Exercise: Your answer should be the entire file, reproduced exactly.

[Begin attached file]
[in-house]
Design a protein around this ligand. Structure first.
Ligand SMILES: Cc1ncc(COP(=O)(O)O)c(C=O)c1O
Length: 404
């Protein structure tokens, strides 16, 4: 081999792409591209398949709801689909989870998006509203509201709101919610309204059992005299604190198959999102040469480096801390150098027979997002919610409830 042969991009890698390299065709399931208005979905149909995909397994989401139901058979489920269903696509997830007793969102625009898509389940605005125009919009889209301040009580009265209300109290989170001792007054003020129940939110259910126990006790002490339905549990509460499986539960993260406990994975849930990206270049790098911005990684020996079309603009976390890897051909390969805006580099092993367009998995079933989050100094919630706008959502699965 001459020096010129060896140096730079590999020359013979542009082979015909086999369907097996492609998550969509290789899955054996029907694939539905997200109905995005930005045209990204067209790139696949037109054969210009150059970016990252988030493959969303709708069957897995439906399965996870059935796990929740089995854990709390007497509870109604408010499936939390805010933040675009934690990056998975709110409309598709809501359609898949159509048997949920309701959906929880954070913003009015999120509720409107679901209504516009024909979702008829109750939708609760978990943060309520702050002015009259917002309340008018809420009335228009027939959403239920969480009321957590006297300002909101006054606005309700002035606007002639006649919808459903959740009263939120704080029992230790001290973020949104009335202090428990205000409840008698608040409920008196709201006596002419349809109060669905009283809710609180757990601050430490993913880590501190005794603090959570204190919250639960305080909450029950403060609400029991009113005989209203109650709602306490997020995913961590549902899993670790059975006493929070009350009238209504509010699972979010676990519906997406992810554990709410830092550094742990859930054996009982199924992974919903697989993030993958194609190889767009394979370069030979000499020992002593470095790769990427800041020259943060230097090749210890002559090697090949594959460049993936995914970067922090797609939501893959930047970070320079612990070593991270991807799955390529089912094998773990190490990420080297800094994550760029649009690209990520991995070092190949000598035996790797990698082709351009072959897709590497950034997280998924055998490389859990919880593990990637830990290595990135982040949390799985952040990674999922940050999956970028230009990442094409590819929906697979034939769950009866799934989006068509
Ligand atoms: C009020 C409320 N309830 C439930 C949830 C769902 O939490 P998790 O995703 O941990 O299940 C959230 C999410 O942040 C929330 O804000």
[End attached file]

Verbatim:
[in-house]
Design a protein around this ligand. Structure first.
Ligand SMILES: Cc1ncc(COP(=O)(O)O)c(C=O)c1O
Length: 404
């Protein structure tokens, strides 16, 4: 081999792409591209398949709801689909989870998006509203509201709101919610309204059992005299604190198959999102040469480096801390150098027979997002919610409830 042969991009890698390299065709399931208005979905149909995909397994989401139901058979489920269903696509997830007793969102625009898509389940605005125009919009889209301040009580009265209300109290989170001792007054003020129940939110259910126990006790002490339905549990509460499986539960993260406990994975849930990206270049790098911005990684020996079309603009976390890897051909390969805006580099092993367009998995079933989050100094919630706008959502699965 001459020096010129060896140096730079590999020359013979542009082979015909086999369907097996492609998550969509290789899955054996029907694939539905997200109905995005930005045209990204067209790139696949037109054969210009150059970016990252988030493959969303709708069957897995439906399965996870059935796990929740089995854990709390007497509870109604408010499936939390805010933040675009934690990056998975709110409309598709809501359609898949159509048997949920309701959906929880954070913003009015999120509720409107679901209504516009024909979702008829109750939708609760978990943060309520702050002015009259917002309340008018809420009335228009027939959403239920969480009321957590006297300002909101006054606005309700002035606007002639006649919808459903959740009263939120704080029992230790001290973020949104009335202090428990205000409840008698608040409920008196709201006596002419349809109060669905009283809710609180757990601050430490993913880590501190005794603090959570204190919250639960305080909450029950403060609400029991009113005989209203109650709602306490997020995913961590549902899993670790059975006493929070009350009238209504509010699972979010676990519906997406992810554990709410830092550094742990859930054996009982199924992974919903697989993030993958194609190889767009394979370069030979000499020992002593470095790769990427800041020259943060230097090749210890002559090697090949594959460049993936995914970067922090797609939501893959930047970070320079612990070593991270991807799955390529089912094998773990190490990420080297800094994550760029649009690209990520991995070092190949000598035996790797990698082709351009072959897709590497950034997280998924055998490389859990919880593990990637830990290595990135982040949390799985952040990674999922940050999956970028230009990442094409590819929906697979034939769950009866799934989006068509
Ligand atoms: C009020 C409320 N309830 C439930 C949830 C769902 O939490 P998790 O995703 O941990 O299940 C959230 C999410 O942040 C929330 O804000």